WBC 2017: Blondes having way more fun for Puerto Rico

Puerto Rico infielder Francisco Lindor celebrates the team's 6-5 win over theUnited States in a second-round World Baseball Classic baseball game Friday, March 17, 2017, in San Diego. (AP Photo/Gregory Bull)
(AP Photo/Gregory Bull)

SAN DIEGO — Puerto Rico is heading north on I-5 for for another trip to the World Baseball Classic final four.

Peroxide for everyone. It is a bleached blond kind of WBC.

Puerto Rico qualified for its second straight appearance in the final round with a 6-5 victory over the United States at Petco Park on Friday, winning its pool in a game that went down to the final 86 mph swing-and-a-miss slider from closer Edwin Diaz with the tying run on third base.

Puerto Rico has been a sight to behold. Players tinted their hair during training camp as a motivational tool, and it appears the team that dyes together flies high together.

They are 5-0 and loving it.

When Carlos Correa hit an RBI single in the first inning, the first of six straight singles off U.S. starter Marcus Stroman, he took off his batting helmet and ran his right hand over the top of his bleached-blond hair. Moments later, Correa did the same thing as he approached the dugout after scoring the third run of the four-run inning that gave Puerto Rico a big leg up.

“That’s kind of what we do when we get base hits, when we score runs, when we steal bases” said Correa, 21.

“We’re young players out there having fun. Carlos (Beltran) doesn’t have much hair there. He does this (rubbing his hands on the side of his face because of his whiskers). You saw it when he got the RBI hit. We’re playing baseball really hard, and we’re 5-0 so far, so we’ll keep doing that.”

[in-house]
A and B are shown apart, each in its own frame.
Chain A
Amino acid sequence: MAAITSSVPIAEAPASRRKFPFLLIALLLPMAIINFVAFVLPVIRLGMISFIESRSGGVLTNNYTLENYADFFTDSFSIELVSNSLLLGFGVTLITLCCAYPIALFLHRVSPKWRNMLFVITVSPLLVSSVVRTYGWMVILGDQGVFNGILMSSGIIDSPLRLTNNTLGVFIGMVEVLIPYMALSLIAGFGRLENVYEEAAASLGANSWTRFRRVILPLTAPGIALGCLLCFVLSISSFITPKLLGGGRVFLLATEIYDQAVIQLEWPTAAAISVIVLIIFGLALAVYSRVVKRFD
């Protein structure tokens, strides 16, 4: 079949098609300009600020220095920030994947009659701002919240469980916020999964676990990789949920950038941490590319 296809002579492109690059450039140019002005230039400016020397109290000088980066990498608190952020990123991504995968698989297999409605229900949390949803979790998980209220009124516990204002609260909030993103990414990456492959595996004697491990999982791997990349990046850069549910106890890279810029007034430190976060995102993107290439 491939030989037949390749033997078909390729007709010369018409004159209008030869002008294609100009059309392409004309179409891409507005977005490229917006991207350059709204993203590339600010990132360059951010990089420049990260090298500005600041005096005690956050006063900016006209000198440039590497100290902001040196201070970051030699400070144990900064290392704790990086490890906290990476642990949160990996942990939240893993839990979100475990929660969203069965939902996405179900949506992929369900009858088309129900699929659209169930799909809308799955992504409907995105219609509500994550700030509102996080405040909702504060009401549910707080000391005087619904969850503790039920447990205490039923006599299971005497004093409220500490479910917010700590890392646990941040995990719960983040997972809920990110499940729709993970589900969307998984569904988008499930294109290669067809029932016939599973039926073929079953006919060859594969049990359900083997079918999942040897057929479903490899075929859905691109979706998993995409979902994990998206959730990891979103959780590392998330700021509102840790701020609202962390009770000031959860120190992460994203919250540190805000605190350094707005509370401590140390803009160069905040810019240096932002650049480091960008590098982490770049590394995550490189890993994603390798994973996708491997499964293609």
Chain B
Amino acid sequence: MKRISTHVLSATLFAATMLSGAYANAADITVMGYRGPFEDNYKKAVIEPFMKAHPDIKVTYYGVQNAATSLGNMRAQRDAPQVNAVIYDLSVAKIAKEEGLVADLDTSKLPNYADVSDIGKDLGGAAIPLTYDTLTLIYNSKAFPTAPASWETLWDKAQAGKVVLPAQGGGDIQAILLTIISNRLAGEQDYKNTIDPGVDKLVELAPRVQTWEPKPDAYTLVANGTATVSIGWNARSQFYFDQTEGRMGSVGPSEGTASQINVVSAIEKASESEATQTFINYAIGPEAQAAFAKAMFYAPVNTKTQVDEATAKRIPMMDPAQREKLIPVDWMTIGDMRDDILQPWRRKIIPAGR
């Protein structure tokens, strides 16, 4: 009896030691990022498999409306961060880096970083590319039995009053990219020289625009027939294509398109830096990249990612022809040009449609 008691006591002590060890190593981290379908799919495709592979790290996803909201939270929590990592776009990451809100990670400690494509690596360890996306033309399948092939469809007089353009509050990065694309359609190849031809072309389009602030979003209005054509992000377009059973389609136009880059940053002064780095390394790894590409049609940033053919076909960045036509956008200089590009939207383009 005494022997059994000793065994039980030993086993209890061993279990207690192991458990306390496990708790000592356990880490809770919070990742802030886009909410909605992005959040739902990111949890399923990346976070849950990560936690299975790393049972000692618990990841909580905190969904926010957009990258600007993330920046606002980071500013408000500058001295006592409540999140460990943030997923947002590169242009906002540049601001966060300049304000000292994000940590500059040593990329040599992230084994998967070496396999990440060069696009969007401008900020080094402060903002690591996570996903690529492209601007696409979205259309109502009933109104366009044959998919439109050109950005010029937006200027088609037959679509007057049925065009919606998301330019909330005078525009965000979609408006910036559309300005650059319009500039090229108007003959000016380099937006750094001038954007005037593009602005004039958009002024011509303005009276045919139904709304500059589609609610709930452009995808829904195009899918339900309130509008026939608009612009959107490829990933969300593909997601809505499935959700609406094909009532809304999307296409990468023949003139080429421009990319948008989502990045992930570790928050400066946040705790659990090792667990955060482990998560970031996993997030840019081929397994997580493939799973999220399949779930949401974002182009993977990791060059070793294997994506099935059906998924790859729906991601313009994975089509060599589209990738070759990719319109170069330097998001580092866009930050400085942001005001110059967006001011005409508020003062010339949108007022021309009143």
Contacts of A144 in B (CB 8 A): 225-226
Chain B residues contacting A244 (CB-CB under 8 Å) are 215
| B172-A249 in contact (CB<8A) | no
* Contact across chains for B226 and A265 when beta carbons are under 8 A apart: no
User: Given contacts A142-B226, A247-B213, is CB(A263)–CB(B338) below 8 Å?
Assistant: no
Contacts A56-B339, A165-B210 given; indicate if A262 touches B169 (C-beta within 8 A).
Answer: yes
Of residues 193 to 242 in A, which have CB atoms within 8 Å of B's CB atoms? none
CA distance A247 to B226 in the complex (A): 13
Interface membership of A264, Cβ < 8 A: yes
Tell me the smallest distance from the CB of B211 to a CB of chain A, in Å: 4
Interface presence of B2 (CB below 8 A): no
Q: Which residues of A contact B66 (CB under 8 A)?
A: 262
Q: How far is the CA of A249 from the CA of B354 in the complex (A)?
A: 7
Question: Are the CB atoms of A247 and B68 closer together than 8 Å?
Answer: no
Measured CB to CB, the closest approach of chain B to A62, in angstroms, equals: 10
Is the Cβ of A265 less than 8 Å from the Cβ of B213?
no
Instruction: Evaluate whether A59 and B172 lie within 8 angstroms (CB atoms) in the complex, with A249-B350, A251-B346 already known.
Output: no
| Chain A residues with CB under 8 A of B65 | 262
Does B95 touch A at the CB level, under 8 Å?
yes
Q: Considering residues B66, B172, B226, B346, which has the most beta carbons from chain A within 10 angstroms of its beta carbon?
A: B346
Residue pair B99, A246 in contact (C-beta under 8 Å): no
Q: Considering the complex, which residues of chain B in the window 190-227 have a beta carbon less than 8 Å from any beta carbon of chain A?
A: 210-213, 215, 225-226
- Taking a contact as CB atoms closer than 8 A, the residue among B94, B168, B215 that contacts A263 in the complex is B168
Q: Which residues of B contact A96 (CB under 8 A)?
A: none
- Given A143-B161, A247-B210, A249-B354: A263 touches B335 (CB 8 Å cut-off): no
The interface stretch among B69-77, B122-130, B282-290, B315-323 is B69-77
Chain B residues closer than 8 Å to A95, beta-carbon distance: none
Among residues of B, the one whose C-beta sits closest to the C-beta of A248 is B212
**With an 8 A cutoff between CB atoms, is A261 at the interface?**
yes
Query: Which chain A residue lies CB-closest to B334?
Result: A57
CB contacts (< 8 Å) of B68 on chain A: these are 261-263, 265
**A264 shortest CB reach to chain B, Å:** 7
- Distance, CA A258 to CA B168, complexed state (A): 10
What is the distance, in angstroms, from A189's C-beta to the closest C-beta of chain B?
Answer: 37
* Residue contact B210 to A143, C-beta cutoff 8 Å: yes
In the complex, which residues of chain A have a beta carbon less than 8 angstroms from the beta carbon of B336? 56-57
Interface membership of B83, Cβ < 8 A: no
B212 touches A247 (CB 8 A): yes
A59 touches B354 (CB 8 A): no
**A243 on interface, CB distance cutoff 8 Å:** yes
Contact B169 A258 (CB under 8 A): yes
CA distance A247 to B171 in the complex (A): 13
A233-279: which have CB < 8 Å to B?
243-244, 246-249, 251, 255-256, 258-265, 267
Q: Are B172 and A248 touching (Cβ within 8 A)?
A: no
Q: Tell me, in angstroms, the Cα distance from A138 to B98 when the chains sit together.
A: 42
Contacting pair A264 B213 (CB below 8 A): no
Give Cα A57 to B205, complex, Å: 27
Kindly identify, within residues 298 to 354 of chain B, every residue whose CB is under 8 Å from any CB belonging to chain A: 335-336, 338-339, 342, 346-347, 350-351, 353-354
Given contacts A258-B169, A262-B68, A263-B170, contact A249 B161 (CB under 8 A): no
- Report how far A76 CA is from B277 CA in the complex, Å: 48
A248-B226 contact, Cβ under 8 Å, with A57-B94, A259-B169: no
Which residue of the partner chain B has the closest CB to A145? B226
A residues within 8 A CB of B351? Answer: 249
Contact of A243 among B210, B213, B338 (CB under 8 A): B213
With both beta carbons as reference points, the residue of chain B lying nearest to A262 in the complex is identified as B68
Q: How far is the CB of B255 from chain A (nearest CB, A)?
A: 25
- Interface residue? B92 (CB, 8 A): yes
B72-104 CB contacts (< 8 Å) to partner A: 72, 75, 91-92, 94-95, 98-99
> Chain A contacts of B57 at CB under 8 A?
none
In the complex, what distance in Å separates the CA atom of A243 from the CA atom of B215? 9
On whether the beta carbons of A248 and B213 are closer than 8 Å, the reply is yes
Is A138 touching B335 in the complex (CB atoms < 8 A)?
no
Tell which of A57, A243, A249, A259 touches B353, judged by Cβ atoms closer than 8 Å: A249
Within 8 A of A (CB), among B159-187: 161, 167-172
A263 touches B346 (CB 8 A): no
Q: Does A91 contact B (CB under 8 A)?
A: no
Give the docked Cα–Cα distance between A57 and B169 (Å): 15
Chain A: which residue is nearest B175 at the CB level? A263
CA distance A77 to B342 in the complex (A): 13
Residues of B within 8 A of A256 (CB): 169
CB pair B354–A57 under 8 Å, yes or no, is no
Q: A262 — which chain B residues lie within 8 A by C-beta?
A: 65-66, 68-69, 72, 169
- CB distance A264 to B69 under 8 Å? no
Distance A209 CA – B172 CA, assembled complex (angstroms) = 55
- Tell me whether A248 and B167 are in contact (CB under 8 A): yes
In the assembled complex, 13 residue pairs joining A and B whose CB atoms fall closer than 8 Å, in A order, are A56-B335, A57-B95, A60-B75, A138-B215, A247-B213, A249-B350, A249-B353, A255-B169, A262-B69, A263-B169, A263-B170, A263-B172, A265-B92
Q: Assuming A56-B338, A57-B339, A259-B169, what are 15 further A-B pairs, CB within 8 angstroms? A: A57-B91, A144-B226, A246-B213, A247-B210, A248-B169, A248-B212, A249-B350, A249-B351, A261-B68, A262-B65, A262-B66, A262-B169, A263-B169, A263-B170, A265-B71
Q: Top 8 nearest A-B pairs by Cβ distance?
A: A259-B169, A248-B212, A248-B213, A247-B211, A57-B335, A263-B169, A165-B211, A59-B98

Manager Edwin Rodriguez was asked if he planned to join the dyed-hair club for men. He took off his hat to show a bald scalp.

“I have no chance,” Rodriguez said.

“It’s coming. It’s coming soon,” Beltran disagreed.

Puerto Rico will play the Netherlands in the first semifinal game Monday at Dodger Stadium, and its victory over the U.S. rendered the final game of pool play Saturday afternoon meaningless because of the way the other games have played out.

The United States and the Dominican Republic will play an elimination game Saturday night to fill out the field. Japan will meet that winner in the other semifinal Tuesday. Puerto Rico beat Japan in the semifinals in 2013 before losing to the Dominican Republic.

Puerto Rico did something Friday that the powerful Dominican Republic could not do last weekend — they hit Stroman, who gave up three hits in 4.2 scoreless innings against the DR in a game the U.S. lost, 7-5, in first-round play.

Puerto Rico's Carlos Correa (1) steals second base as U.S. infielder Brandon Crawford is late with the tag during the third inning of a second-round World Baseball Classic baseball game Friday, March 17, 2017, in San Diego. (AP Photo/Gregory Bull)

(AP Photo/Gregory Bull)